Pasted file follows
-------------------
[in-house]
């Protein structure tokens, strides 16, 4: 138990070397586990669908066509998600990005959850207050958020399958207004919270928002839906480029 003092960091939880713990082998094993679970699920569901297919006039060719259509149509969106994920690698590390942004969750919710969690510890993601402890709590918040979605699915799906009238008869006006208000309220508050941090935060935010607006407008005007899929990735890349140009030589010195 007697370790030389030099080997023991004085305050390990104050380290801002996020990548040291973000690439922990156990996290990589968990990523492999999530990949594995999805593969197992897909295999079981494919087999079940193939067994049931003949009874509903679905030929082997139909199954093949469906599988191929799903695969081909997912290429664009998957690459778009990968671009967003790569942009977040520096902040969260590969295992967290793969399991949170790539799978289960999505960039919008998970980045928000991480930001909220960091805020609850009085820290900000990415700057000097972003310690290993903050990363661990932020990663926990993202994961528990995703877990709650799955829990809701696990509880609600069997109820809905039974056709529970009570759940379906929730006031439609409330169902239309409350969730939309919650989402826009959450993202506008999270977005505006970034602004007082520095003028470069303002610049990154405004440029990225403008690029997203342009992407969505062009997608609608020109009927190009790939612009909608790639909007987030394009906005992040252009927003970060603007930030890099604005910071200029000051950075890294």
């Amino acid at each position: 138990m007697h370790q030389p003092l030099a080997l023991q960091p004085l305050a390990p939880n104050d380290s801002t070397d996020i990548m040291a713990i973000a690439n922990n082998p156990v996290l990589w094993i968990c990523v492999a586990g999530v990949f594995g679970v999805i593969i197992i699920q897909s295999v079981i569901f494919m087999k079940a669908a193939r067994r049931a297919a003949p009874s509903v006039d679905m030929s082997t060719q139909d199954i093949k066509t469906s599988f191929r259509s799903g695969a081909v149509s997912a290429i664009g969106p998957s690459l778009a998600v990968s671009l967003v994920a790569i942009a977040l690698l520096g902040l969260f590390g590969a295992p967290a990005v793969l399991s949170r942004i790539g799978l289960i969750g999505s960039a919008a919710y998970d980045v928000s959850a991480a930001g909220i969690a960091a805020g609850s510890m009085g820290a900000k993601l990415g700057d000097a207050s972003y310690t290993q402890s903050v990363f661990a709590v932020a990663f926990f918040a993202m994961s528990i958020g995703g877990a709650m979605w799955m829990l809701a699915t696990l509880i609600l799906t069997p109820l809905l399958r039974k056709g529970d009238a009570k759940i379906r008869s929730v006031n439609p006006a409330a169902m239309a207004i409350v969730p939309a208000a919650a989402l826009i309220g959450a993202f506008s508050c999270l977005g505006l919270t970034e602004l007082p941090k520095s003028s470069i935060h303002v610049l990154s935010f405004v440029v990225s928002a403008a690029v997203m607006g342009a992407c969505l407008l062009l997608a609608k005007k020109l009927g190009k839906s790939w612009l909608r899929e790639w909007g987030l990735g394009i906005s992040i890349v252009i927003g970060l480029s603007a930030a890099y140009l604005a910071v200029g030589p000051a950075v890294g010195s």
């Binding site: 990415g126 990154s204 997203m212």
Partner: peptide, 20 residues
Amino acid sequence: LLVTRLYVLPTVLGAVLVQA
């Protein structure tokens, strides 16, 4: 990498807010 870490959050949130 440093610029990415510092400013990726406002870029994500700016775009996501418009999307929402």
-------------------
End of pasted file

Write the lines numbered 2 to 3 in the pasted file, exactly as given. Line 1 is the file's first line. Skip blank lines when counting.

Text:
């Protein structure tokens, strides 16, 4: 138990070397586990669908066509998600990005959850207050958020399958207004919270928002839906480029 003092960091939880713990082998094993679970699920569901297919006039060719259509149509969106994920690698590390942004969750919710969690510890993601402890709590918040979605699915799906009238008869006006208000309220508050941090935060935010607006407008005007899929990735890349140009030589010195 007697370790030389030099080997023991004085305050390990104050380290801002996020990548040291973000690439922990156990996290990589968990990523492999999530990949594995999805593969197992897909295999079981494919087999079940193939067994049931003949009874509903679905030929082997139909199954093949469906599988191929799903695969081909997912290429664009998957690459778009990968671009967003790569942009977040520096902040969260590969295992967290793969399991949170790539799978289960999505960039919008998970980045928000991480930001909220960091805020609850009085820290900000990415700057000097972003310690290993903050990363661990932020990663926990993202994961528990995703877990709650799955829990809701696990509880609600069997109820809905039974056709529970009570759940379906929730006031439609409330169902239309409350969730939309919650989402826009959450993202506008999270977005505006970034602004007082520095003028470069303002610049990154405004440029990225403008690029997203342009992407969505062009997608609608020109009927190009790939612009909608790639909007987030394009906005992040252009927003970060603007930030890099604005910071200029000051950075890294």
């Amino acid at each position: 138990m007697h370790q030389p003092l030099a080997l023991q960091p004085l305050a390990p939880n104050d380290s801002t070397d996020i990548m040291a713990i973000a690439n922990n082998p156990v996290l990589w094993i968990c990523v492999a586990g999530v990949f594995g679970v999805i593969i197992i699920q897909s295999v079981i569901f494919m087999k079940a669908a193939r067994r049931a297919a003949p009874s509903v006039d679905m030929s082997t060719q139909d199954i093949k066509t469906s599988f191929r259509s799903g695969a081909v149509s997912a290429i664009g969106p998957s690459l778009a998600v990968s671009l967003v994920a790569i942009a977040l690698l520096g902040l969260f590390g590969a295992p967290a990005v793969l399991s949170r942004i790539g799978l289960i969750g999505s960039a919008a919710y998970d980045v928000s959850a991480a930001g909220i969690a960091a805020g609850s510890m009085g820290a900000k993601l990415g700057d000097a207050s972003y310690t290993q402890s903050v990363f661990a709590v932020a990663f926990f918040a993202m994961s528990i958020g995703g877990a709650m979605w799955m829990l809701a699915t696990l509880i609600l799906t069997p109820l809905l399958r039974k056709g529970d009238a009570k759940i379906r008869s929730v006031n439609p006006a409330a169902m239309a207004i409350v969730p939309a208000a919650a989402l826009i309220g959450a993202f506008s508050c999270l977005g505006l919270t970034e602004l007082p941090k520095s003028s470069i935060h303002v610049l990154s935010f405004v440029v990225s928002a403008a690029v997203m607006g342009a992407c969505l407008l062009l997608a609608k005007k020109l009927g190009k839906s790939w612009l909608r899929e790639w909007g987030l990735g394009i906005s992040i890349v252009i927003g970060l480029s603007a930030a890099y140009l604005a910071v200029g030589p000051a950075v890294g010195s």